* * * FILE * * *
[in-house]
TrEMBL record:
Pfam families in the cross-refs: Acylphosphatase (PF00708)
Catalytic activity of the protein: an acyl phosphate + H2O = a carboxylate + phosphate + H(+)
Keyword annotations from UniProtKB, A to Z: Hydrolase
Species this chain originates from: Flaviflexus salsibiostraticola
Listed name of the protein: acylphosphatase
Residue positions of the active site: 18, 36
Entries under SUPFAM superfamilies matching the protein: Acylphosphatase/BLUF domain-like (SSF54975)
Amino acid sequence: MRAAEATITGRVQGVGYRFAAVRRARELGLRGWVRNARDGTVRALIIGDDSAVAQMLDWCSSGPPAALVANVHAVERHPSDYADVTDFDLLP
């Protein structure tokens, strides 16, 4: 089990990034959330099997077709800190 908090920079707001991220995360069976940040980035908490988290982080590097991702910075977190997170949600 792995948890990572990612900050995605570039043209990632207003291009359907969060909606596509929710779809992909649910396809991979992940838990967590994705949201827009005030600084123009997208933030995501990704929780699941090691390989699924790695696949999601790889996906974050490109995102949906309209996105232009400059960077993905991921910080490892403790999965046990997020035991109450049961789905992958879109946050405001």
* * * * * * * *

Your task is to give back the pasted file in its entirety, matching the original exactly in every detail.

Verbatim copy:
[in-house]
TrEMBL record:
Pfam families in the cross-refs: Acylphosphatase (PF00708)
Catalytic activity of the protein: an acyl phosphate + H2O = a carboxylate + phosphate + H(+)
Keyword annotations from UniProtKB, A to Z: Hydrolase
Species this chain originates from: Flaviflexus salsibiostraticola
Listed name of the protein: acylphosphatase
Residue positions of the active site: 18, 36
Entries under SUPFAM superfamilies matching the protein: Acylphosphatase/BLUF domain-like (SSF54975)
Amino acid sequence: MRAAEATITGRVQGVGYRFAAVRRARELGLRGWVRNARDGTVRALIIGDDSAVAQMLDWCSSGPPAALVANVHAVERHPSDYADVTDFDLLP
């Protein structure tokens, strides 16, 4: 089990990034959330099997077709800190 908090920079707001991220995360069976940040980035908490988290982080590097991702910075977190997170949600 792995948890990572990612900050995605570039043209990632207003291009359907969060909606596509929710779809992909649910396809991979992940838990967590994705949201827009005030600084123009997208933030995501990704929780699941090691390989699924790695696949999601790889996906974050490109995102949906309209996105232009400059960077993905991921910080490892403790999965046990997020035991109450049961789905992958879109946050405001």